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Boeing & Airbus sign deal for HATS EC 135s

written by australianaviation.com.au | November 17, 2014
How the EC 135 T2+ will look in ADF service under the joint Navy/Army HATS program. (Airbus Helicopters)
How the EC 135 T2+ will look in ADF service under the joint Navy/Army HATS program. (Airbus Helicopters)

Boeing Defence Australia (BDA) and Airbus Helicopters have signed a contract for Airbus to provide 15 Airbus EC 135 T2+ helicopters for the ADF’s AIR 9000 Phase 7 helicopter Aircrew Training System.

Announced as the preferred bidder late last year, the Boeing and Thales Australia team signed a contract with the Commonwealth on October 31 to provide 15 EC 135 T2+s, flight simulators and a training vessel to fulfil the contract. The new aircraft will replace Navy Squirrel and Army Kiowa helicopters at a new joint facility to be built at Nowra.

“Airbus Helicopters is very pleased that the Boeing and Thales team has demonstrated its confidence in our product by selecting the EC135 T2+ as their preferred platform, and we are delighted to be supporting them in the development of a new, modern helicopter aircrew training system for the ADF”, Airbus Helicopters’ Head of Sales – Australia Pacific, Peter Harris said in a statement. “The selection of the Airbus Helicopters EC135 T2+ twin-engine, glass cockpit, helicopter is an excellent choice of an ideal training platform, along with the Thales full-motion EC135 flight-simulators.”

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Airbus Helicopters Executive Vice President, Global Business and Services, Dominique Maudet (left) and Boeing Defence Australia Vice President and Managing Director, Kim Gillis. (Airbus Helicopters)
Airbus Helicopters Executive Vice President, Global Business and Services, Dominique Maudet (left) and Boeing Defence Australia Vice President and Managing Director, Kim Gillis. (Airbus Helicopters)

The Airbus statement was accompanied by a mock-up of how the new machines will look in ADF service. Rather than the familiar sea grey of the Squirrels or the camouflage scheme worn by the Kiowas, the new EC 135s will instead wear an attractive high-viz black and yellow scheme.

“This reinforces Boeing as a leading provider of military aviation training in Australia,” said Kim Gillis, BDA’s managing director and vice president in a separate statement. “We will meet the needs of the Australian Defence Force through a balanced program that makes the most of its cadre of instructors supported by flight simulators and computer-based instruction and training aircraft.”

The first of the new machines is expected to be delivered in 2016.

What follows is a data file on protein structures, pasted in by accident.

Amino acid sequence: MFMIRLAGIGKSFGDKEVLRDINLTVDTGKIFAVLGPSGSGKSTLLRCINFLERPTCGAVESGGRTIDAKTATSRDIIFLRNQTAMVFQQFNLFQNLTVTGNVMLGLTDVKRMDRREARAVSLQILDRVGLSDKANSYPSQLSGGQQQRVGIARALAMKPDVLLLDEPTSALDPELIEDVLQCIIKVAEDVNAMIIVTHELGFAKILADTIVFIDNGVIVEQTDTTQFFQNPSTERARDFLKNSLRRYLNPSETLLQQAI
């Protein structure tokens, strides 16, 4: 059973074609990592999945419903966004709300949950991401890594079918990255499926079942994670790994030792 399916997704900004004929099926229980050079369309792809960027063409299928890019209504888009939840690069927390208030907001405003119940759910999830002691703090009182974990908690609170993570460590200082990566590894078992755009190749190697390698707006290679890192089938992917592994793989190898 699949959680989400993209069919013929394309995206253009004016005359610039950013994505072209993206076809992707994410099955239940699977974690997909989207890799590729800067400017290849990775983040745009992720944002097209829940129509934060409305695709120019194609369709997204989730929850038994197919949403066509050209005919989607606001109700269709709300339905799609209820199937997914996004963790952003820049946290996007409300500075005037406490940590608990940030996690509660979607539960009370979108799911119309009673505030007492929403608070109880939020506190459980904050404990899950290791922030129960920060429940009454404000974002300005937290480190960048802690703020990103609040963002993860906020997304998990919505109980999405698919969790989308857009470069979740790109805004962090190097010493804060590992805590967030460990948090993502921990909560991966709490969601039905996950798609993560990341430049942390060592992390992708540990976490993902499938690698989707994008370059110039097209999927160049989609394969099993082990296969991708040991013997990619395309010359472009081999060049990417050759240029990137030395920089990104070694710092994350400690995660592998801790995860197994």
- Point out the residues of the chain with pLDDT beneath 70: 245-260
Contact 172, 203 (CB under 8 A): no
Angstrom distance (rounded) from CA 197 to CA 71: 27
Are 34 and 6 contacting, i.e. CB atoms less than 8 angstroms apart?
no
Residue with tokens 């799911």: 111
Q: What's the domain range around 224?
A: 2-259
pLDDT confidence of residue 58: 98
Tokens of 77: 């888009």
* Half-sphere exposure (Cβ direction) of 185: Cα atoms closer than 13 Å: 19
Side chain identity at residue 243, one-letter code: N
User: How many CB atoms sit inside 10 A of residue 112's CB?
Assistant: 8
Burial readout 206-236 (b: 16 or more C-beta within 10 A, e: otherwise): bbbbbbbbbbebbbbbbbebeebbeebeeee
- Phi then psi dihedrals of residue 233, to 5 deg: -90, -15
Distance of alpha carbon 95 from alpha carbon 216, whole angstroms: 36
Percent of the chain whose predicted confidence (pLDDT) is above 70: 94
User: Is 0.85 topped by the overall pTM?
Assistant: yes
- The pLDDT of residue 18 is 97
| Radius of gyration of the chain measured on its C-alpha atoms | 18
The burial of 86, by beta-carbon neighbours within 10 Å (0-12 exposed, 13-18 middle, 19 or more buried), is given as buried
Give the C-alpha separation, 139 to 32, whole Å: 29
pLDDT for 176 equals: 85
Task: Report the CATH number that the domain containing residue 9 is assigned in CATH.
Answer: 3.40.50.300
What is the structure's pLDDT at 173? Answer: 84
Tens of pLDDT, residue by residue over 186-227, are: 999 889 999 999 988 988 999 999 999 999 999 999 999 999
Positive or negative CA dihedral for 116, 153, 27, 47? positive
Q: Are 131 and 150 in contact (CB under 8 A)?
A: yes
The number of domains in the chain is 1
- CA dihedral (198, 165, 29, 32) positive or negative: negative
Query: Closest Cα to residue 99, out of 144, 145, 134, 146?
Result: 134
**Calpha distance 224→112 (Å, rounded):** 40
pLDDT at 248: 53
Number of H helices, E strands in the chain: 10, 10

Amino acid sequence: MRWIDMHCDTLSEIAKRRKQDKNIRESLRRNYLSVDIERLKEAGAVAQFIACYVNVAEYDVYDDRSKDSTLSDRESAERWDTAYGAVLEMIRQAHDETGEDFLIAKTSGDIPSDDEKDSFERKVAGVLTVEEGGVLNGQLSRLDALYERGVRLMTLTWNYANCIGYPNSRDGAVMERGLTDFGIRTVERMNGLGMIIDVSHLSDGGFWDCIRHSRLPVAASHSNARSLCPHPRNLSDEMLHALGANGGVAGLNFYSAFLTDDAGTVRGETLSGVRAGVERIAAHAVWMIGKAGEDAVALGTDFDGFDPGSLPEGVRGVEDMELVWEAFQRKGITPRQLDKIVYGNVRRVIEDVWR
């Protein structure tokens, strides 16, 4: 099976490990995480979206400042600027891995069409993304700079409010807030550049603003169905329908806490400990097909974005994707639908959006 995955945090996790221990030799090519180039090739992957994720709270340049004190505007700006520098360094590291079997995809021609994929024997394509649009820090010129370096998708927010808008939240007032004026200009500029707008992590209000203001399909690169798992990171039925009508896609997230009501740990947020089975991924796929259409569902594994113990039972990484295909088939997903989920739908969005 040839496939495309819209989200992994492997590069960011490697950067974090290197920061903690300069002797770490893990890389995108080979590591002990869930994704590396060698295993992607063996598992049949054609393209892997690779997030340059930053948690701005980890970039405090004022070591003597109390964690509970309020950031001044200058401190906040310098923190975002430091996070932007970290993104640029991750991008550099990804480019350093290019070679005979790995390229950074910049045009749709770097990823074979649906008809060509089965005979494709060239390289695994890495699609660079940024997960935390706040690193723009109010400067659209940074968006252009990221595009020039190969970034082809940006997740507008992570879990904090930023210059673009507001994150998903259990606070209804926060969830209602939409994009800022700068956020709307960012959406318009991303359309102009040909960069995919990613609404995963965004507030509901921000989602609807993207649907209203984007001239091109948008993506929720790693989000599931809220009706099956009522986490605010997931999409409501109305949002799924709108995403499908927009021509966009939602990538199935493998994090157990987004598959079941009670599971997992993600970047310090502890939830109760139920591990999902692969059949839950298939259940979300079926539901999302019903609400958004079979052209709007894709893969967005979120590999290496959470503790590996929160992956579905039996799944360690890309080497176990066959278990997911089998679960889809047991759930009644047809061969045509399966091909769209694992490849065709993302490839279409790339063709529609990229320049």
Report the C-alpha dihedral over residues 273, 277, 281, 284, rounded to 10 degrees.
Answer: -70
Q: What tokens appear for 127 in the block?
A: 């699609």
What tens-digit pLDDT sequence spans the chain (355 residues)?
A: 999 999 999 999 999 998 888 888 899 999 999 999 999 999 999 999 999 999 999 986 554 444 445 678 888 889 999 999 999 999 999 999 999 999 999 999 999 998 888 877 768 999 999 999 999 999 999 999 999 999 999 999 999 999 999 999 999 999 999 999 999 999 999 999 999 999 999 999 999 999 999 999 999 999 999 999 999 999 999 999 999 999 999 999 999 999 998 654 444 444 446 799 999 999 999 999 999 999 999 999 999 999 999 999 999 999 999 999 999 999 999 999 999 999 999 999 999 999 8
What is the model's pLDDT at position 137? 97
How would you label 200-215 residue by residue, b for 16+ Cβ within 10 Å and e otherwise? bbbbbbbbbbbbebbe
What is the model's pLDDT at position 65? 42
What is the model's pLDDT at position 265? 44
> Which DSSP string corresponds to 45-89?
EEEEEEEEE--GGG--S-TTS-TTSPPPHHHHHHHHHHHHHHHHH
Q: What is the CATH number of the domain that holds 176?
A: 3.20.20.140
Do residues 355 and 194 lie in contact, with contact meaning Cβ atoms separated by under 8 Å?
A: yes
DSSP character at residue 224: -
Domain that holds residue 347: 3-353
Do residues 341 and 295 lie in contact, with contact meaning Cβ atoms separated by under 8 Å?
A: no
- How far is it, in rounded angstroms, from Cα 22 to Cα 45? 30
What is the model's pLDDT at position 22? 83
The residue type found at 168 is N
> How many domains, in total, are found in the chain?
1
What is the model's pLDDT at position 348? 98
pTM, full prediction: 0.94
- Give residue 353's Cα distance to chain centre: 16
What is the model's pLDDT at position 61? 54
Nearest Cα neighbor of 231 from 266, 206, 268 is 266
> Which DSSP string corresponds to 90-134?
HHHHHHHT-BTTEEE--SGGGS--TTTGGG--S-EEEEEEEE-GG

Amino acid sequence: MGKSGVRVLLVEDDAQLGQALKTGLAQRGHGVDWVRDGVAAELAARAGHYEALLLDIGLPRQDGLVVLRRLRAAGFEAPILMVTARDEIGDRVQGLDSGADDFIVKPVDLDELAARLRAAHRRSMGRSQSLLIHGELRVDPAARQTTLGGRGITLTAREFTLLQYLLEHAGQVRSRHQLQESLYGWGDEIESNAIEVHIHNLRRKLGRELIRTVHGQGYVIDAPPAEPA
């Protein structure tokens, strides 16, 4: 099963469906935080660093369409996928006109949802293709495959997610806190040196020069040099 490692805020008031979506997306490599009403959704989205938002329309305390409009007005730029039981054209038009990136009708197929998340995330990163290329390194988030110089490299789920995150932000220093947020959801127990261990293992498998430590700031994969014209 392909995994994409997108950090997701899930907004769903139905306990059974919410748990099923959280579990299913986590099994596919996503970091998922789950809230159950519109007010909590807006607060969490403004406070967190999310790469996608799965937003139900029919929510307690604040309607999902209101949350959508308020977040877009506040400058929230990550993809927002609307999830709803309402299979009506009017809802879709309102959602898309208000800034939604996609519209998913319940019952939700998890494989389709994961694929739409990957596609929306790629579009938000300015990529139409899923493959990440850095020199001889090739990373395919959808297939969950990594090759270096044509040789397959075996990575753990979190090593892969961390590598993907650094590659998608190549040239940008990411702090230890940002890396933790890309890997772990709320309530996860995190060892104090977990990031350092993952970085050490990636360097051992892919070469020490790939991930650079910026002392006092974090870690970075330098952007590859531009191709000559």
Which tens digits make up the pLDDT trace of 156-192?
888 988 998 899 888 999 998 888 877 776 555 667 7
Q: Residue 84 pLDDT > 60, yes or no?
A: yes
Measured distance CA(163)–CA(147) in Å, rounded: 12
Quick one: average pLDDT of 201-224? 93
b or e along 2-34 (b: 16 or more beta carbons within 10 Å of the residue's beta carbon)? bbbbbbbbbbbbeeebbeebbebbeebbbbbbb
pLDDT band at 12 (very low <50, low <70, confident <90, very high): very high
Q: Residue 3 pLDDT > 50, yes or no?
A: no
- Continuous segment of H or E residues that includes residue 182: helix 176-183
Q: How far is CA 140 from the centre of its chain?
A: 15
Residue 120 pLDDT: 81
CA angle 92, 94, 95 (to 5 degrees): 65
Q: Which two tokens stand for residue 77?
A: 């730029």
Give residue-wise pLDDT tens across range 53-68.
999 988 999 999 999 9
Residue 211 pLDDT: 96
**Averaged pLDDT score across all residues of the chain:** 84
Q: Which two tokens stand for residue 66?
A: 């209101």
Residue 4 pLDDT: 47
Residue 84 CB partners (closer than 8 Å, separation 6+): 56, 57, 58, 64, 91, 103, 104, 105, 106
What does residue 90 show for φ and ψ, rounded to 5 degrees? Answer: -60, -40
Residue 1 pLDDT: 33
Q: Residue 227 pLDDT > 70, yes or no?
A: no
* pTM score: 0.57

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7 Comments

  • Darren

    says:

    Not sure I like the colours. Maybe it will look better in person. However I do wonder about the dark colour from a training point of view for visibility.

  • Randal McFarlane

    says:

    The colour scheme mimics the UK scheme. Hardly original. Black however is a proven high contrast colour. Canada, New Zealand, UK for example use black. At night, of course, colour doesn’t matter….

  • Chuck

    says:

    N rego only?

  • Steve G

    says:

    Great to see a contract signed…eventually. Remember the Project got First Pass approval in Feb 2006!

  • Nick

    says:

    The N52 is the australian defence registration similar to A25 for blackhawk and A17 for Kiowa etc. the 001 is obviously the build number, this being the first aircraft of aquisition. There are photos circulating at work of this actual aircraft and the print doesn’t do the colour scheme any justice, the black and yellow combination actually looks really nice in the flesh.

  • Derrick

    says:

    The next question is will the army be looking to bring more machines online, the squirrel and the kiowa are both getting long in the tooth and are due for a replacement in the next few years. The EC135 would be a valuable asset to the ADF and would be chepper than the NH90 that is currently in service.

  • Tim

    says:

    derrick, this aircraft IS the replacement for the Squirrel and Kiowa. Of course it will be cheaper than the MRH90 – one is a training helicopter the other is an operational troop lift and maritime support helicopter.. Helicopter numbers are not important, the capability is what counts. A flight sim can deliver the output of 10 aircraft if used properly.

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